I was in Korea at the time and was informed through email. When invincibility falters, it’s hard to put into words what it felt like. I tried to formulate and deal with my emotions through writing, which resulted in a blog entry titled” To Coach; All My Love, Bubba. In invite any and all to click here and read it.
Since then, Coach Holm has been on a quest to honor the man. His selfless effort stands as yet another example to witness and learn from. He fought hard to name Manitowoc’s Municipal Field to Ron Rubick Field. A fitting honor to a legend.
Through our reminiscing, I learned of the next project that he his tackling, a renovation of the field’s ticket booth and entrance, including a memorial to Coach.
I can picture it now: a son and father new to the area are holding hands as then walk up to the field. They’re looking to get involved in the community and decided to go see what the local friday night lights are all about. Players are already entrenched in their pre-game routines as the two wait to get tickets.
“The good team, son. We cheer for them, not the white team. Someday you might play for them.”
“Daddy, why is the field named Ron?”
“I’m sure he’s someone important they named the field after.”
And so it goes.
I was proud to watch my second Ships game since I graduated in 1999 (I know, I know… that’s bad form, but I just haven’t been around). They played at Green Bay Preble and solidly put together every aspect of the game, winning 37-0. It was good to see the evolution of the ships game, new coach, and revamped look that is now ranked in the top ten of Wisconsin’s Division I. The red and white continue the tradition. My tradition.
So this post serves as a vehicle to spread the news of Coach Holm’s efforts. I grabbed the artist renderings of what the project will look like: a new ticket booth, paver stones with donor names on it, and landscaping. As people walk into Ron Rubick field, they will pass a time-line of Rubick’s life and career (the 48 game win streak, 3 state championships, 9 conference championships, and 10 playoff appearances), his time in Manitowoc will raise up to create a bench engraved with his favorite poem ‘Success.” The timeline of his life will lead people to a Ron Rubick memorial.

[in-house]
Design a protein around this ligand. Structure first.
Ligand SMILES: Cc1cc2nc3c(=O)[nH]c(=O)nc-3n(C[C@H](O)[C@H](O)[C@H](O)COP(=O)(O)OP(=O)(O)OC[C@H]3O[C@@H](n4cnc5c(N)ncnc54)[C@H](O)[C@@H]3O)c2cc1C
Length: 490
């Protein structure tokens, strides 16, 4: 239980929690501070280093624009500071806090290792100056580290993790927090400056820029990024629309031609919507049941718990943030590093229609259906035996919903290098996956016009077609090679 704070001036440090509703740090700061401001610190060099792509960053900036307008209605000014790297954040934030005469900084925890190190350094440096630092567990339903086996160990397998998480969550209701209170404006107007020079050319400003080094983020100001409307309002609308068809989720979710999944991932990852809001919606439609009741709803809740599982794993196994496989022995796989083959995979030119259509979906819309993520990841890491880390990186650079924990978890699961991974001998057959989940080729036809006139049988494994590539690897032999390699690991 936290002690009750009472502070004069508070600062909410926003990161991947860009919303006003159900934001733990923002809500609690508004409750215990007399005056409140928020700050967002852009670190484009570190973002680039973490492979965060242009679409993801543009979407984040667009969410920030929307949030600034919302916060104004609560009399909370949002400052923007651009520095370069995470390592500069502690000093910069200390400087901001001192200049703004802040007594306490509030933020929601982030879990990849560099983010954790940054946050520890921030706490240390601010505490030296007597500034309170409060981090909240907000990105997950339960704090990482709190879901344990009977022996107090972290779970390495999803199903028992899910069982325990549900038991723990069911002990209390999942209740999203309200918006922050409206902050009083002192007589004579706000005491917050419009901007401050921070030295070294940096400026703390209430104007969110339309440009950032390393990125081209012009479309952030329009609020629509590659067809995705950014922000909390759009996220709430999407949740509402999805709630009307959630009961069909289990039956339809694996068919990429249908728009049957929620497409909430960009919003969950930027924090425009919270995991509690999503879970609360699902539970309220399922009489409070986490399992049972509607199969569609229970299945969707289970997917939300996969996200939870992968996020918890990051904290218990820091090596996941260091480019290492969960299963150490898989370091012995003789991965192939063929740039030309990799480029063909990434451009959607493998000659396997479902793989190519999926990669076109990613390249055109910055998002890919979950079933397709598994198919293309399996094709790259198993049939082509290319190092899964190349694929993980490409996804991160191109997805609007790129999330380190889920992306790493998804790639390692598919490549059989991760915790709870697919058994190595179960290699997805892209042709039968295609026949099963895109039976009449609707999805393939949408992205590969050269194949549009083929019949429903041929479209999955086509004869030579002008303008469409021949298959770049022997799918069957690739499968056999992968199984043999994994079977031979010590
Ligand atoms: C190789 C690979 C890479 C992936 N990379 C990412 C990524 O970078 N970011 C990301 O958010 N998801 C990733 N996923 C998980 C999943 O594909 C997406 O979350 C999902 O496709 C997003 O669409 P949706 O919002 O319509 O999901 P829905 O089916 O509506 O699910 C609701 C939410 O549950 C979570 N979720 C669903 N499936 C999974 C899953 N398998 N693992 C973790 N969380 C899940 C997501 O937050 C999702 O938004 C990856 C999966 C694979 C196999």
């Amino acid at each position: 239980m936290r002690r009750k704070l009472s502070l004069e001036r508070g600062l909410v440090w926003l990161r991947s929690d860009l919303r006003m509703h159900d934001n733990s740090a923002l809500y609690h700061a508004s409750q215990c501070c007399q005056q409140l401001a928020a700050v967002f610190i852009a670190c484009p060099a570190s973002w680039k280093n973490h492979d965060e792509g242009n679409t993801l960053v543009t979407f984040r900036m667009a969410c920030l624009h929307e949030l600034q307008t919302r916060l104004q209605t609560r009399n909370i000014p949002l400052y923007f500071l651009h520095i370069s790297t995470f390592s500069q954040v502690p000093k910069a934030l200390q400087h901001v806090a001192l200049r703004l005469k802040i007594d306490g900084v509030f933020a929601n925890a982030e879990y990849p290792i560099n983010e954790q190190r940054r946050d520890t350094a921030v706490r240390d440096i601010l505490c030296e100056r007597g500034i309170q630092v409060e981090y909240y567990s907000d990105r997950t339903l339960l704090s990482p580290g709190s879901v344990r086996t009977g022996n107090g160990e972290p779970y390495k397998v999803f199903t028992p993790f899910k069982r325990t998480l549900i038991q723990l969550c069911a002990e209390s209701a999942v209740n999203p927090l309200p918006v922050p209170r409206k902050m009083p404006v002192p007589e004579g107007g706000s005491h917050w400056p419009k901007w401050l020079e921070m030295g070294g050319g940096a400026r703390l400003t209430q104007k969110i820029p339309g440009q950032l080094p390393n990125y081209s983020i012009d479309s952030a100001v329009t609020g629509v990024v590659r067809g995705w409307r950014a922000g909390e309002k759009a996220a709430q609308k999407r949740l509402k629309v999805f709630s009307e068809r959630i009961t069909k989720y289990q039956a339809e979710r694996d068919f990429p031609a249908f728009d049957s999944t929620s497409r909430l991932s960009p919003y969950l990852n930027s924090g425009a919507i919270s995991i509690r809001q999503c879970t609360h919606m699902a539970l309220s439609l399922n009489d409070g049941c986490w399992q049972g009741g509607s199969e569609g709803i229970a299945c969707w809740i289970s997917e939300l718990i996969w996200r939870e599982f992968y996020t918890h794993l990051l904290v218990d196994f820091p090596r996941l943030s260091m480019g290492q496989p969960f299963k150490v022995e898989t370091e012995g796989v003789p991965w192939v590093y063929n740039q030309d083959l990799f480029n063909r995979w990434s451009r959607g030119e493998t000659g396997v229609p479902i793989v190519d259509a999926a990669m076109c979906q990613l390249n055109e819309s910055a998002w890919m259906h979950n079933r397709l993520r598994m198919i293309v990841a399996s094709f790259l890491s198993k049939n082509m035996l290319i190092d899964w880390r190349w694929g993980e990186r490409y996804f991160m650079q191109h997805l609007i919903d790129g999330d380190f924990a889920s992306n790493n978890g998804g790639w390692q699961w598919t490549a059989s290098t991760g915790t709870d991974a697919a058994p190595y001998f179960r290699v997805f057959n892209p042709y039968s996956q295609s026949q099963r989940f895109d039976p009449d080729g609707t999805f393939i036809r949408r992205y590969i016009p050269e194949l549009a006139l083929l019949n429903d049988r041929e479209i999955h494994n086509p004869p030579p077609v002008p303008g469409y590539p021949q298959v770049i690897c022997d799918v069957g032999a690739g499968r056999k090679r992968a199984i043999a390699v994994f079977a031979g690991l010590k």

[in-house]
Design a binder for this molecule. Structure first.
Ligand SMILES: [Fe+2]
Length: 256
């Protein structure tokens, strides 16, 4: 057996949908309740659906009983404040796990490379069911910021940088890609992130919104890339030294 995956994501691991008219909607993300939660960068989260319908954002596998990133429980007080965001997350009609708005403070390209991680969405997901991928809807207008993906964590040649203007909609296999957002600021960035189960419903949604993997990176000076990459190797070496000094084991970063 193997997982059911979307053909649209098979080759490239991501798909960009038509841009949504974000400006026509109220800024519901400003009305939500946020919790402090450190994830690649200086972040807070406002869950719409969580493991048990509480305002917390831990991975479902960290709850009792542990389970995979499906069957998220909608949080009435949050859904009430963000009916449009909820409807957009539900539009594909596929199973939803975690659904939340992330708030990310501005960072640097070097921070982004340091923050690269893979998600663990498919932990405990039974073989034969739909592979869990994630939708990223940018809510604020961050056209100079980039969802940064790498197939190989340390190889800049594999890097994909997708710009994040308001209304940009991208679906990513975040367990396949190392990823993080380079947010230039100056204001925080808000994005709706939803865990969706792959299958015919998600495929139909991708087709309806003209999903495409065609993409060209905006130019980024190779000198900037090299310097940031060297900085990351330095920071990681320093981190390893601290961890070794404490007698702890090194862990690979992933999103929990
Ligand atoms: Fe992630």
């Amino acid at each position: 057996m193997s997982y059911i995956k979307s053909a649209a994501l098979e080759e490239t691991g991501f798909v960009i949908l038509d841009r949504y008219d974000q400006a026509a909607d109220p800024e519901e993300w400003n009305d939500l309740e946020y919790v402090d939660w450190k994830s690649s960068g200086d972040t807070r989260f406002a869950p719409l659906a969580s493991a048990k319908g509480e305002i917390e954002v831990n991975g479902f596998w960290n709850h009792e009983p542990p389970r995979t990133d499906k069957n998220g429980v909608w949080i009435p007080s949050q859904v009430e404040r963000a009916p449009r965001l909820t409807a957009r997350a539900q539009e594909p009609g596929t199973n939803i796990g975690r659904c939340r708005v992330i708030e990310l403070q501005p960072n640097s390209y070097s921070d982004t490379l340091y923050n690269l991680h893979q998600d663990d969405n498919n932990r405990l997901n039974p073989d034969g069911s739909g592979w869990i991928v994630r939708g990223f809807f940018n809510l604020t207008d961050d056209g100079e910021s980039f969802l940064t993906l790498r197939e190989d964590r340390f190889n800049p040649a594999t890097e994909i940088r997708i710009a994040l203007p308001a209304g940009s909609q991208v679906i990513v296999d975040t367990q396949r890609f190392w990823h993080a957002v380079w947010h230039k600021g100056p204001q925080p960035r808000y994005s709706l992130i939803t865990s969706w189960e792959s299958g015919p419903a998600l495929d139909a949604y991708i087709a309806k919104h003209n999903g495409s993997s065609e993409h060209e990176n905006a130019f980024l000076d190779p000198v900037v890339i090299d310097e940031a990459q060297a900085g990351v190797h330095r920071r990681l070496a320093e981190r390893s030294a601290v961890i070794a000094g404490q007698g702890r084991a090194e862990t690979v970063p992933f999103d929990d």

This will assure that everyone through the gates of Ron Rubick Municipal Field will have the ability to know the man, learn of his accomplishments, and understand the impact he made on so many people-a community-the world. It is quite possible the players now have little to no ideas who this Ron Rubick person is. That shouldn’t happen.
Legacy is sure something. Wins and losses are one thing and Rubick and his staff certainly had the wins on the field. It’s the essence of those wins-the way you won, how you carried yourself in both victory and defeat-which proves to be Rubick’s greatest asset. One that couldn’t be done without the great work of those surrounding him. This legacy continues through the lessons he taught to so many, through the work of Coach Holm and others, through his words that still ring true.
My donation and paver stone details are in the mail; I hope that yours will get there soon. I have included the pdf’s of the documents Coach Holm sent me to help spread the word about this project. To donate, just print the pdf’s, follow directions, and send them to the address listed. If you have any questions, feel free to leave a comment below and I will do my best to help out.
Thanks to Pete Holm for all his hard work, generosity, and love. Thanks to all those that have or would like to donate, have shared this project with others, or are simply reading this and learning about it all for the first time. It takes a village.
Coach Ron Rubick: “Always be fair… do the best you can… and leave it at that”